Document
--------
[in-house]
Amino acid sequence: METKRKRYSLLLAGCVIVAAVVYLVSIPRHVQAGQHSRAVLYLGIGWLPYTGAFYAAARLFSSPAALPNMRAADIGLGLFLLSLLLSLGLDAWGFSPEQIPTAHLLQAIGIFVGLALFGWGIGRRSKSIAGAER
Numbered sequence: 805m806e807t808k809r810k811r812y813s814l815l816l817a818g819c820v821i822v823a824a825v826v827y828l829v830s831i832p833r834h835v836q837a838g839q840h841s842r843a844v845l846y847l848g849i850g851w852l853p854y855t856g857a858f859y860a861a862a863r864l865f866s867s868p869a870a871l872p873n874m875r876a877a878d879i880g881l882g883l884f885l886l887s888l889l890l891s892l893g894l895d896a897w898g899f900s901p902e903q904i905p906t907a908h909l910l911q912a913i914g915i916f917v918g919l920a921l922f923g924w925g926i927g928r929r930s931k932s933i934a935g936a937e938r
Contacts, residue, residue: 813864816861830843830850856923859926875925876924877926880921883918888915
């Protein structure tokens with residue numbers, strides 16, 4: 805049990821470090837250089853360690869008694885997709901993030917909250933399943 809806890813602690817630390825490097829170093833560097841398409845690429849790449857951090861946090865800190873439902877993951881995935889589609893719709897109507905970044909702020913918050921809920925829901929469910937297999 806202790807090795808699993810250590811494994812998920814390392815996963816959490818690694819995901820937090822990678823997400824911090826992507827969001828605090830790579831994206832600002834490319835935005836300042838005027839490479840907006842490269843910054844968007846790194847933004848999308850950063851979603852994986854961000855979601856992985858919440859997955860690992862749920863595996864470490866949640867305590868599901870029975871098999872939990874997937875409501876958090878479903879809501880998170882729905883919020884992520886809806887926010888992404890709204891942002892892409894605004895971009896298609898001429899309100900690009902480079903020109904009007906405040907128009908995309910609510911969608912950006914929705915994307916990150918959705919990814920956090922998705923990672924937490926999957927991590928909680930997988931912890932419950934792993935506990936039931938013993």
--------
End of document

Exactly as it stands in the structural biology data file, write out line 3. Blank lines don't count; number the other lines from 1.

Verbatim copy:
Numbered sequence: 805m806e807t808k809r810k811r812y813s814l815l816l817a818g819c820v821i822v823a824a825v826v827y828l829v830s831i832p833r834h835v836q837a838g839q840h841s842r843a844v845l846y847l848g849i850g851w852l853p854y855t856g857a858f859y860a861a862a863r864l865f866s867s868p869a870a871l872p873n874m875r876a877a878d879i880g881l882g883l884f885l886l887s888l889l890l891s892l893g894l895d896a897w898g899f900s901p902e903q904i905p906t907a908h909l910l911q912a913i914g915i916f917v918g919l920a921l922f923g924w925g926i927g928r929r930s931k932s933i934a935g936a937e938r